What is Agammaglobulinemia?

Agammaglobulinemia, a genetic autoimmune disorder, is an inherited immune system disorder in which the body's immune system is not able to make enough antibodies to fight off infections either bacteria or viral. Agammaglobulinemia is also known by the name of Bruton's Agammaglobulinemia or X-linked agammaglobulinemia. Since children with this condition do not have sufficient antibodies hence they are more prone to frequent infections. This condition is seen to occur in males more than females.

Agammaglobulinemia is caused due to a defect in the gene BTK or Bruton's Tyrosine Kinase which is responsible for production of antibodies to fight off infections. The symptoms of Agammaglobulinemia start to become apparent by the time the child is about a year old where the child starts to have frequent infections due to Agammaglobulinemia.

What Causes Agammaglobulinemia?

As stated, Agammaglobulinemia is a genetic condition and is passed down from the parent to the child. This condition is caused by an abnormality in the BTK gene on chromosome X which affects the body's ability to produce antibodies. The reason why this disease occurs in males more than females is because the gene defect is linked to the X chromosome and males have one X chromosome while females have two X chromosomes and hence they are the carriers of this defective gene. It is an autosomal recessive trait means that only one copy of the defective gene is enough to get Agammaglobulinemia. In some cases, the gene mutation in the X chromosome occurs as a new mutation and the child has this condition despite having no family history of this Agammaglobulinemia.

What is Agammaglobulinemia?

What are the Symptoms of Agammaglobulinemia?

During the first six months of a child's life it is the mother's antibodies which protect the child from any infection but after six months it is the child's own antibodies which protect the child from infection and in cases of Agammaglobulinemia where there is insufficient production of antibodies this is the time when the symptoms of Agammaglobulinemia start to surface but in some cases there may be no symptoms even after the child is about four or five years of age but that is quite rare. Some of the symptoms of Agammaglobulinemia are:

  • Infections of the GI tract to include chronic diarrhea
  • Viral infections like polio and hepatitis
  • Frequent nasal infections
  • Infections of the eyes
  • Blood infections
  • Lung infections
  • Skin infections
  • Bone infections
  • Bronchial infections
  • Spinal cord infections
  • Ear infections
  • Kidney inflammation
  • Joint diseases
  • Failure to thrive.

These symptoms may also occur in children who do not have Agammaglobulinemia but children with Agammaglobulinemia get infected more frequently than the children without this disease condition and the severity of the symptoms may also be more in children with Agammaglobulinemia.

How is Agammaglobulinemia Diagnosed?

To make a diagnosis of Agammaglobulinemia, the pediatrician will take a detailed history of the family inquiring as to whether anyone else in the family have had the same symptoms while growing up. A blood work will then be performed to look at the immune system of the body and look for the antibody levels in the body. There are many tests like flow cytometry, quantitative immunoglobulins, and immunoelectrophoresis that can quantitate whether he body is producing enough antibodies required to fight infections and this will give clinching evidence to confirm the diagnosis of Agammaglobulinemia.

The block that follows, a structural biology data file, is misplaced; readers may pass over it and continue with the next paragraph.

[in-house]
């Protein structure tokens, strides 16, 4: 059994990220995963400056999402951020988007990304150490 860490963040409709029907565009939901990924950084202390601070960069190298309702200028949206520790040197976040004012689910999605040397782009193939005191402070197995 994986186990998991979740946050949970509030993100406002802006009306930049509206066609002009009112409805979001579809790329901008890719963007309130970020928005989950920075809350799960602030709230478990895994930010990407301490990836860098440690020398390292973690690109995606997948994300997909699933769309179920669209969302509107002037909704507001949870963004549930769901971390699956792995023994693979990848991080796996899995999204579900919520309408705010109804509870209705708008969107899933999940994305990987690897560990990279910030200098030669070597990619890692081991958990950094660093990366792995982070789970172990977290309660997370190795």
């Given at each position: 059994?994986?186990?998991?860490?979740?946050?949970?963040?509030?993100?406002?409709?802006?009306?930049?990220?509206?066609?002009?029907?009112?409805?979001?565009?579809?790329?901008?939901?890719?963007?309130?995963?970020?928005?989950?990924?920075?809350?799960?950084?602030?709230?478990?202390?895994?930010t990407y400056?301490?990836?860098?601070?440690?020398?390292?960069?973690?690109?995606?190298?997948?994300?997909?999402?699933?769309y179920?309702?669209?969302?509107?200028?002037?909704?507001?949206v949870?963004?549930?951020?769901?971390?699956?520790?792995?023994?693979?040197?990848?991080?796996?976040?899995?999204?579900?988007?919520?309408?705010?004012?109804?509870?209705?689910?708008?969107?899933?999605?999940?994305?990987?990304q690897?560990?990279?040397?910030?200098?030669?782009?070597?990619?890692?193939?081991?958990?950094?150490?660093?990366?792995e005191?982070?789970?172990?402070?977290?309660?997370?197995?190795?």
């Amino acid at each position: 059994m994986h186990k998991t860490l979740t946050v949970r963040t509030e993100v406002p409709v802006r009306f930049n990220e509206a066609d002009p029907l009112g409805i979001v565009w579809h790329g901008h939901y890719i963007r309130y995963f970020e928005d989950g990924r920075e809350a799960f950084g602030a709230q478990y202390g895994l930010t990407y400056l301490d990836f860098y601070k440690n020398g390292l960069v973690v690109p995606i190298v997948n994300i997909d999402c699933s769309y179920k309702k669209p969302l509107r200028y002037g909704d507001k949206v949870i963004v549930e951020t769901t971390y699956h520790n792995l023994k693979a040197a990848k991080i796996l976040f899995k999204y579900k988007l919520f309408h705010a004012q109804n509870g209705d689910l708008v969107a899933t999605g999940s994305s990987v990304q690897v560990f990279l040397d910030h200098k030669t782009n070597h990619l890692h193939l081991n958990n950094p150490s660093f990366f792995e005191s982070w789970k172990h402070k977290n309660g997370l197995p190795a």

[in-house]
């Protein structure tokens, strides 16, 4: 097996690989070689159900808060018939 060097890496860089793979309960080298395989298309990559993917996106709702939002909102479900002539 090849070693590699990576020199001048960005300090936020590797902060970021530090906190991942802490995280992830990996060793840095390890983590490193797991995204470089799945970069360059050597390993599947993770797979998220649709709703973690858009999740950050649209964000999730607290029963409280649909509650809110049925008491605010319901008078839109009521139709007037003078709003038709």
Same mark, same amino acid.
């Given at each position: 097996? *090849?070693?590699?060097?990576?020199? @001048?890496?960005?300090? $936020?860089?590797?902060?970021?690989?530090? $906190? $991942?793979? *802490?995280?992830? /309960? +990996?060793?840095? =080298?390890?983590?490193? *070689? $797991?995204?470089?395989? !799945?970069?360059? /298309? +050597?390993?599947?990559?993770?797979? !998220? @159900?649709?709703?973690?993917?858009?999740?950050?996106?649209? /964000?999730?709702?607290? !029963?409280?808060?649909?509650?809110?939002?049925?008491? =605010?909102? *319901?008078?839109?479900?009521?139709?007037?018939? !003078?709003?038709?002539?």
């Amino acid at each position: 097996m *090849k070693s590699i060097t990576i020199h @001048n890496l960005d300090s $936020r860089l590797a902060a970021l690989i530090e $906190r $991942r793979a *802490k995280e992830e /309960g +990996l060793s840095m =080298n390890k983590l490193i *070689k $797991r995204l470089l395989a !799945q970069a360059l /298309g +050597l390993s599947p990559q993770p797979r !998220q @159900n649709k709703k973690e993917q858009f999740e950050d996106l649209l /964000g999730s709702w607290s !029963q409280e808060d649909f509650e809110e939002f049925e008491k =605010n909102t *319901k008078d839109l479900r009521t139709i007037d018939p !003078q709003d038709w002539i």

How is Agammaglobulinemia Treated?

The treatment for Agammaglobulinemia depends on various factors such the age of the child, the overall health of the child, and the severity of the condition. The most preferred treatment for Agammaglobulinemia is to replace the antibodies in the blood. This is called gamma globulin therapy and this will provide antibodies directly to the child's body through blood and prevent the child from getting frequent infections or in other words treat Agammaglobulinemia. It should be noted here that children with Agammaglobulinemia should not get live vaccinations as the child may end up having the disease for which vaccinations were given instead of preventing it. Also it is extremely important that the child should be treated appropriately and emergently for any viral or bacterial infections so as to prevent worsening of the child's condition due to Agammaglobulinemia.

What is the Prognosis of Agammaglobulinemia?

The overall prognosis of a child with Agammaglobulinemia is quite good and most of the children go on to live healthy lives and participate in all normal activities, although it is important to make an accurate and early diagnosis and start immediate treatment for Agammaglobulinemia. If left untreated, Agammaglobulinemia can prove to be life threatening as without antibodies the children will not be able to be protected from potentially serious infections due to Agammaglobulinemia.

Written, Edited or Reviewed By:

, MD, FFARCSI

Last Modified On: May 11, 2017

Pain Assist Inc.

Pramod Kerkar
  Note: Information provided is not a substitute for physician, hospital or any form of medical care. Examination and Investigation is necessary for correct diagnosis.

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